The most important lesson I learned in New Zealand

Jessica Robyns
January 4, 2018

Everyone told me that going abroad would change me in some profound way. They said that I’d return to the U.S. a completely different person. Well, I’ve been home for a while now, and I still feel like the same person. I don’t think New Zealand changed me as completely and profoundly as they said it would.

The changes I’ve noticed in myself are more subtle. I’m better at budgeting now, and I’m more confident at my job. I also used to be very shy and reserved when meeting new people, and I’ve noticed that I’m starting to open up more quickly. Perhaps most significantly, I feel more confident about my future plans and my career path.

I decided to take a semester off from school after returning from New Zealand. It’s the best thing for me, and I never would have realized that if I hadn’t gone abroad. I also realized that pre-NZ, I was spending a lot of time doing things that I didn’t really enjoy, just because other people expected me to do them. While I was in NZ, I decided I wasn’t going to do those things anymore once I got home. I’m not sure why, but it took living abroad for me to finally make that decision.

Besides learning about myself, I also learned about my place in the world. As an American abroad, I’ve been told by teachers and chaperones to avoid the “ugly American” stereotype. It’s unfortunate that Americans have such a bad rep abroad, but there’s a reason for it.

The U.S. is a huge country and a world power. Many Americans speak only one language and live their entire lives in their native country. The most popular movies and music in the world come from the U.S. I think this leads to American-centric thinking. When you live in a country that dominates world politics and culture, it’s easy to think and act like your country is the most important in the world. But that’s an illusion that can only be broken by living in a foreign country.

New Zealand is super small and isolated. Sometimes it even gets left off of world maps. But even more unknown than New Zealand are the island nations of Polynesia, Melanesia, and Micronesia. Everyone’s heard of Hawaii and Fiji, and maybe have been there for a luxurious vacation. But fewer know about the native cultures of these places, or their island neighbors. I am amazed by the history and culture of Pacific peoples- cultures that I didn't even know existed before coming to New Zealand.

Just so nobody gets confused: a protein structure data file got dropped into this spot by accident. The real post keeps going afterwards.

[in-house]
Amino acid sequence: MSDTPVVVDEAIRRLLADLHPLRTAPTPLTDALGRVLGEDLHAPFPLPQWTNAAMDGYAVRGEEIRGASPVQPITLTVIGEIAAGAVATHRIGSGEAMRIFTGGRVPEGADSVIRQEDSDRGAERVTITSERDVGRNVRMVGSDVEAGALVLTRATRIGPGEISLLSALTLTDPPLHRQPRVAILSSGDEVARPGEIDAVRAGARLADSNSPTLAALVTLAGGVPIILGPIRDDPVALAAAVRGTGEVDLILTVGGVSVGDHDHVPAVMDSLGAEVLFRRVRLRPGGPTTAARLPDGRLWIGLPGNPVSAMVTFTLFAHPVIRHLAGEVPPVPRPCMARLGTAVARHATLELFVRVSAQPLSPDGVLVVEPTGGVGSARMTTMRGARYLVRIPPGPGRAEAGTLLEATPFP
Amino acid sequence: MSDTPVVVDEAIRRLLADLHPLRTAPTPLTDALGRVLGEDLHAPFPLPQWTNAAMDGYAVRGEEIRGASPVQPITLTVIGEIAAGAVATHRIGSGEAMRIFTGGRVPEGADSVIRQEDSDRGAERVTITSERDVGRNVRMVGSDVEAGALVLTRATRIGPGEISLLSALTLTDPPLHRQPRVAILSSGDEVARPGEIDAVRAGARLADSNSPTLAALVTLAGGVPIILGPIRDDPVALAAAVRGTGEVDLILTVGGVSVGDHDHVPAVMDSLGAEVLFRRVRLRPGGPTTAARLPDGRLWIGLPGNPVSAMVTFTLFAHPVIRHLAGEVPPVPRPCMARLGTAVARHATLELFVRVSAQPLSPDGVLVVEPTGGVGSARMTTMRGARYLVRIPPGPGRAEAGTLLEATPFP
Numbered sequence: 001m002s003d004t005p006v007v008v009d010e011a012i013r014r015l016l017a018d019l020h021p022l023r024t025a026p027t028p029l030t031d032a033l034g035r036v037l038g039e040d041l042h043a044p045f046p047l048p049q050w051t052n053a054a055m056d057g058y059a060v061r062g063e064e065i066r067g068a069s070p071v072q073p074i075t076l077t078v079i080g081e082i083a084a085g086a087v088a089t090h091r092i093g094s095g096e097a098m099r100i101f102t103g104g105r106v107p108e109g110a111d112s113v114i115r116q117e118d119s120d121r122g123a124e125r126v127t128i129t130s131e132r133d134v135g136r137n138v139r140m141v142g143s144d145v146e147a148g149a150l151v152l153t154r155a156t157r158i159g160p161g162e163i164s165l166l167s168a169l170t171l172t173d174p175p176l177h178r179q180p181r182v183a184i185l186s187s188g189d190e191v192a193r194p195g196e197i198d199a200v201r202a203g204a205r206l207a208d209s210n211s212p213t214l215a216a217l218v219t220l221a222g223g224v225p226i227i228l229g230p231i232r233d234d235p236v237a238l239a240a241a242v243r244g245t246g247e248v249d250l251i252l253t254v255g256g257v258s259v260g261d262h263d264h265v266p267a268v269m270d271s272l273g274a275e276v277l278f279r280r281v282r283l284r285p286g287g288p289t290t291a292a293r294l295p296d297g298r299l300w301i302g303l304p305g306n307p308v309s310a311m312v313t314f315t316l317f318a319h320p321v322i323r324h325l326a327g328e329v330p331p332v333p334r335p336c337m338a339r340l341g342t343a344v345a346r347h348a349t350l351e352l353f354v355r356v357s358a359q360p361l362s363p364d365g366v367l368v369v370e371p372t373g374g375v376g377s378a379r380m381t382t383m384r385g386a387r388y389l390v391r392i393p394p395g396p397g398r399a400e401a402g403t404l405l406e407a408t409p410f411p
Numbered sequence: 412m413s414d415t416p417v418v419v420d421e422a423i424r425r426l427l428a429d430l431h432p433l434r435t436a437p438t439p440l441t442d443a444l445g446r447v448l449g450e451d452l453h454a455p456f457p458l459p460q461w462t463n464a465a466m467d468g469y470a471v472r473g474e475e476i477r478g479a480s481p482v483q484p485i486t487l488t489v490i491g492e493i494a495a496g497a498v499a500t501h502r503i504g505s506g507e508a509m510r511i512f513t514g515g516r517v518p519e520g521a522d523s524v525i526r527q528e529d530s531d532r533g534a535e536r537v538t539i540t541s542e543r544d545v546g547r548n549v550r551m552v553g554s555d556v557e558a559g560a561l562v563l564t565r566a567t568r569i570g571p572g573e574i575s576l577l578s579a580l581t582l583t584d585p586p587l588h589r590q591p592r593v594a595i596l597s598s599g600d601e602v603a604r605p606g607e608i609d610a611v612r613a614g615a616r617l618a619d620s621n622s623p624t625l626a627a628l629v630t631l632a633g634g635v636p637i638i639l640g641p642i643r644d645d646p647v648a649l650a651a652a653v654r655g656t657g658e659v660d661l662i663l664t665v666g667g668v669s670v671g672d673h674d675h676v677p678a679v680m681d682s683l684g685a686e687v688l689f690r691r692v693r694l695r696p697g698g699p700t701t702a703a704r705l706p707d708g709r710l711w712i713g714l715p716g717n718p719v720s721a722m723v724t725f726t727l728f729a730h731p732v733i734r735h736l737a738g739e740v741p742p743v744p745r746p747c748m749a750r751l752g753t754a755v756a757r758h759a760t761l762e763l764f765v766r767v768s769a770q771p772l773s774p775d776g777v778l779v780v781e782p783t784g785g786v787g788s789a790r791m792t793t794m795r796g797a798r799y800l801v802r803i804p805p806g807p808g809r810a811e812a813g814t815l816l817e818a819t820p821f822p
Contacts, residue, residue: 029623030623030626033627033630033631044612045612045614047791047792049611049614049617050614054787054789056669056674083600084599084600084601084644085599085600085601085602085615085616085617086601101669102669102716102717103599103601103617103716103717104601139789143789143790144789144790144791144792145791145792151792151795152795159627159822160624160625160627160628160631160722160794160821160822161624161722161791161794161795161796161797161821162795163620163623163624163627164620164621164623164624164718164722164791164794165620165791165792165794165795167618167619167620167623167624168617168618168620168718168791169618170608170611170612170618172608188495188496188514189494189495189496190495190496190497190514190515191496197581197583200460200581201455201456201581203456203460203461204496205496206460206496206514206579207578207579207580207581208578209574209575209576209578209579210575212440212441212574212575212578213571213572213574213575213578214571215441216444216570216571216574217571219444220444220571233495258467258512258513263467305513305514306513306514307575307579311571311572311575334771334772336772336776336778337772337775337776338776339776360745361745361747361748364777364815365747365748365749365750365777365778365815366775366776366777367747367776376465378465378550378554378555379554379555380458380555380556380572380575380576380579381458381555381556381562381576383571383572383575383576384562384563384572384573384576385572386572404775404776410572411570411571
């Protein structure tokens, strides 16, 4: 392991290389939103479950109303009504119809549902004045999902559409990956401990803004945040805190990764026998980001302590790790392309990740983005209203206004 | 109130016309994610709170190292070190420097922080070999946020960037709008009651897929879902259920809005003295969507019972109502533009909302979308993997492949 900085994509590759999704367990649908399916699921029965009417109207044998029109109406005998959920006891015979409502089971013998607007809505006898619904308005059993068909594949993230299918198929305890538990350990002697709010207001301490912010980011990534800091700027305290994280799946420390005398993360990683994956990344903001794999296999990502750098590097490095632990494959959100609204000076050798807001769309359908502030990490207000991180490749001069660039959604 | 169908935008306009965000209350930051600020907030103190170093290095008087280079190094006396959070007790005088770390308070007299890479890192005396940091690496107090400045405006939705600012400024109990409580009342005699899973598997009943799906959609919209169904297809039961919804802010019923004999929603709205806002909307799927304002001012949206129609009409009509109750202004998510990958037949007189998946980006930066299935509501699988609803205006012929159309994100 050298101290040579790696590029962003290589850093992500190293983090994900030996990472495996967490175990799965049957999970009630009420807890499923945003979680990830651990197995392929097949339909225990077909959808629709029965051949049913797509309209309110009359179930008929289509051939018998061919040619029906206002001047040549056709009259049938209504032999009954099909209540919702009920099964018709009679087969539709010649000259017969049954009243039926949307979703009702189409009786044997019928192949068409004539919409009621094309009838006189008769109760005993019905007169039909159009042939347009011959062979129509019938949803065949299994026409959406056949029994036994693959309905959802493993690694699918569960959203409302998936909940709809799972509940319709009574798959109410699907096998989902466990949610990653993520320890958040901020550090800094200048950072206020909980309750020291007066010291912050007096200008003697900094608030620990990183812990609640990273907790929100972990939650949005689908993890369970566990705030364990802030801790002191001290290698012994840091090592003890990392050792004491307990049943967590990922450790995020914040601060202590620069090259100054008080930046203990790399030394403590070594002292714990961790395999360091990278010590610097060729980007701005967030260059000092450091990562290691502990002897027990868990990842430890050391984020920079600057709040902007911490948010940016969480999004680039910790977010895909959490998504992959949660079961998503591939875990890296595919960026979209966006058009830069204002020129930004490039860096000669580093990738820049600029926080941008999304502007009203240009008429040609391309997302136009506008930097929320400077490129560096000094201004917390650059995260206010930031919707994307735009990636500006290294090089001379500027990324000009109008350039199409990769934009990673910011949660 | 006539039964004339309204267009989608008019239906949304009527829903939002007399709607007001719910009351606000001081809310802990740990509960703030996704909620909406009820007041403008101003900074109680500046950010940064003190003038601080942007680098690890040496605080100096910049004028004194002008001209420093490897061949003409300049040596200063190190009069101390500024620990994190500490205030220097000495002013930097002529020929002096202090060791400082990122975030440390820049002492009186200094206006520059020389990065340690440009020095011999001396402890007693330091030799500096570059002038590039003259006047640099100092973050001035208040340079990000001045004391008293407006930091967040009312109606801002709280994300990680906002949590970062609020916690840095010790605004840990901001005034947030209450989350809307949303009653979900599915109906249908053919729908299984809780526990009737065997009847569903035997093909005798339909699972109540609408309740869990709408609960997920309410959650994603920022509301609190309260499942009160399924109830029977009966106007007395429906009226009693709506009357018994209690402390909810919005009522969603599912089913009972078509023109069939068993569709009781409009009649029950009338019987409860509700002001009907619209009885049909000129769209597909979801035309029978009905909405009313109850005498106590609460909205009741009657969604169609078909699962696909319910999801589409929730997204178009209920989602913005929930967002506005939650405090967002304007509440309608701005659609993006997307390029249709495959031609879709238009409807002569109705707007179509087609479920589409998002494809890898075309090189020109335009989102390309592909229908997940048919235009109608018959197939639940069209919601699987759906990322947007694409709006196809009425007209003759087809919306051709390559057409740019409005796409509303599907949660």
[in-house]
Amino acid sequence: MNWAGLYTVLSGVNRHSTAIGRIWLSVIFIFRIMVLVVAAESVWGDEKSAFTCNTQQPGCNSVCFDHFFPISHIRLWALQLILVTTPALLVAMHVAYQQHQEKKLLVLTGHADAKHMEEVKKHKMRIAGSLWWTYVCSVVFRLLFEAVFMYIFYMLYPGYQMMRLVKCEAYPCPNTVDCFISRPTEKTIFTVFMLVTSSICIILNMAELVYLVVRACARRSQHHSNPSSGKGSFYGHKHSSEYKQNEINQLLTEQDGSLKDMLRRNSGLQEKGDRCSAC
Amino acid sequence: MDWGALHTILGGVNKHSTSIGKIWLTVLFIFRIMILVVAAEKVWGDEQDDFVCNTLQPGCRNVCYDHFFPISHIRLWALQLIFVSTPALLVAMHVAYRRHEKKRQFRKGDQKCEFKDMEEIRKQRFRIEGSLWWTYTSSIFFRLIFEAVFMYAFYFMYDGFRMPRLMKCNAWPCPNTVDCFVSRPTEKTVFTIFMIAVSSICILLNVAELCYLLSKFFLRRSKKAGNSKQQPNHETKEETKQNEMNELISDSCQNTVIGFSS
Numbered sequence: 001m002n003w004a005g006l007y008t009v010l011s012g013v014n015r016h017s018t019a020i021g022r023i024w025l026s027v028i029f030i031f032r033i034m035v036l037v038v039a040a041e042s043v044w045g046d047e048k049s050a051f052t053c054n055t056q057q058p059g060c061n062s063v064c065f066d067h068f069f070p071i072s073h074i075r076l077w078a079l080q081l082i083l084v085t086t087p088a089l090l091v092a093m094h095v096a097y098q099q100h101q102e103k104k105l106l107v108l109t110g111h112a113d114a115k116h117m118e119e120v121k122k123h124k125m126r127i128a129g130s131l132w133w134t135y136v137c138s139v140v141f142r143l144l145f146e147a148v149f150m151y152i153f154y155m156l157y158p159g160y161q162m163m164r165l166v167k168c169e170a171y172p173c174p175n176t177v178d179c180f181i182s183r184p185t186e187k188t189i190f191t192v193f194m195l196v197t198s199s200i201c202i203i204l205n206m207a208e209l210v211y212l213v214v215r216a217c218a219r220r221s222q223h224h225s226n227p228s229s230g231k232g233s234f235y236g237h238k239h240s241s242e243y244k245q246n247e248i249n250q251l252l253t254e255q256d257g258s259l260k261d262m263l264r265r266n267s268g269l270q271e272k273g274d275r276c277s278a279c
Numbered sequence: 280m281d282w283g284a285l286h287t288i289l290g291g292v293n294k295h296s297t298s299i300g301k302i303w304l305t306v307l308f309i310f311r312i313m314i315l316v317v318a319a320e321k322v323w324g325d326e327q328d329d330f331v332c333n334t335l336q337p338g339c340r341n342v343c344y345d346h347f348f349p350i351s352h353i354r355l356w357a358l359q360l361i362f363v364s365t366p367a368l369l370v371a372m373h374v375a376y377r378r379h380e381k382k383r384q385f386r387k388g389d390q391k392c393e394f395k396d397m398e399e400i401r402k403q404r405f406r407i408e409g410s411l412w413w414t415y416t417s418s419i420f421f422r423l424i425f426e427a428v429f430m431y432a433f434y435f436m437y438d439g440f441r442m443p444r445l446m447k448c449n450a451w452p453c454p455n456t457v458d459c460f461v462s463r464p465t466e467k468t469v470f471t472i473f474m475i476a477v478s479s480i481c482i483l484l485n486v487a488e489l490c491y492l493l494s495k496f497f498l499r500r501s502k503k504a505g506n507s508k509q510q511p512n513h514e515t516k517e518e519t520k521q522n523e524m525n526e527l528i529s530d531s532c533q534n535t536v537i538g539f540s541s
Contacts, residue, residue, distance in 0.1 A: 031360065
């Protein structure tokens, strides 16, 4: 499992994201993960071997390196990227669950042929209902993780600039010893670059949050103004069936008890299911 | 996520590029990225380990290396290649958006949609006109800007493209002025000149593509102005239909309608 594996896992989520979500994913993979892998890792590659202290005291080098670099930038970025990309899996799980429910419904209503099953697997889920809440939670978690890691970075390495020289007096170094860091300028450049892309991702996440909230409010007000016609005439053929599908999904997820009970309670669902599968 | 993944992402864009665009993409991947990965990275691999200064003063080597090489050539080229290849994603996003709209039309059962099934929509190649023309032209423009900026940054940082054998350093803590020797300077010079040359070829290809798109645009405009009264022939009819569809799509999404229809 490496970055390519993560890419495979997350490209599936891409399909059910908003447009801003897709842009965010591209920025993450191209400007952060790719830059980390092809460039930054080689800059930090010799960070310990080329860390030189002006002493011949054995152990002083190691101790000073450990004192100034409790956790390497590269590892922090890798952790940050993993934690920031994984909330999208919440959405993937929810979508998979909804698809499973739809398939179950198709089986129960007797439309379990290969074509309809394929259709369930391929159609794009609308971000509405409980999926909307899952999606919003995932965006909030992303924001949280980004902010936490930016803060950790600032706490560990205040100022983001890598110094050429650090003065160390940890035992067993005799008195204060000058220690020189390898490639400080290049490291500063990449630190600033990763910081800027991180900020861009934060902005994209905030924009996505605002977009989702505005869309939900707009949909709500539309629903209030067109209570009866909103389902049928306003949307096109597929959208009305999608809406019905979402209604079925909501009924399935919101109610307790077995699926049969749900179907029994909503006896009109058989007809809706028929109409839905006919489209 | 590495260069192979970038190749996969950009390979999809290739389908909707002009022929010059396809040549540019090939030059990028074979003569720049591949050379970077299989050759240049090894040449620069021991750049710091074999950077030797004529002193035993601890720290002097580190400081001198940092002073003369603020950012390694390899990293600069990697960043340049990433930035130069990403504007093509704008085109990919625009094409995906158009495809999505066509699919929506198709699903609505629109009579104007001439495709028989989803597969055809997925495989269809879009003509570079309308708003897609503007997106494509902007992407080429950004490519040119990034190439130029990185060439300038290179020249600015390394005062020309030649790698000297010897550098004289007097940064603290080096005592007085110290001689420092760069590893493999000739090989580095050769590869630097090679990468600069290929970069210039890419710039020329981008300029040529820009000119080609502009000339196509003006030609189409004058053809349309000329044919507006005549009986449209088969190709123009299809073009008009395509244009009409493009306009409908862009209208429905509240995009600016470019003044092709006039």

The Pacific Ocean contains a small amount of land spread out over a large area. The ocean covers one third of the Earth’s total surface area and contains many more countries than you’ve probably heard of, large and small, and each made up of many islands. It’s hard to get a definitive count on how many islands there are because there’s so many. The region known as Melanesia, for example, has approximately 30,000 islands. All of the inhabitants of the ‘Nesias originate from Taiwan, where the first canoes set out to populate the Pacific thousands of years ago.

The voyaging skill of Pacific peoples is incredible. Can you imagine sailing into the blue unknown to find an island that no one has ever been to before? Well that’s what Pacific people did, over and over again. New Zealand was the last to be populated, about 800 years ago. The ancestors of New Zealand Maori came from the island of Rarotonga, which is 3000 km (1800 miles) away. They knew that New Zealand was there because they observed that birds without webbed feet migrated towards it every year.

The most important lesson I learned in New Zealand is that the U.S. is not the world. Every country in the world is filled with beautiful cultures, more cultures than I could possibly learn about in my lifetime, more countries than I could visit, so many people who are living lives so different from mine, and so far from the U.S. Their countries and their cultures are just as important as mine.

Jessica Robyns

<p style="margin-bottom:12.0pt">Kia ora!&nbsp;My name is Jessica and I'm majoring in biology and environmental studies at Lawrence University, a small school in Appleton, WI. I grew up in Marquette, Michigan and will always call the shore of Lake Superior home. I love to travel and have been to Costa Rica, Chile, and Argentina so far.<span style="text-autospace:none"><span style="font-size:16.0pt"><span style="font-family:&quot;Times&quot;,serif"> </span></span></span></p>

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Lawrence University
Marquette, MI
Environmental Studies
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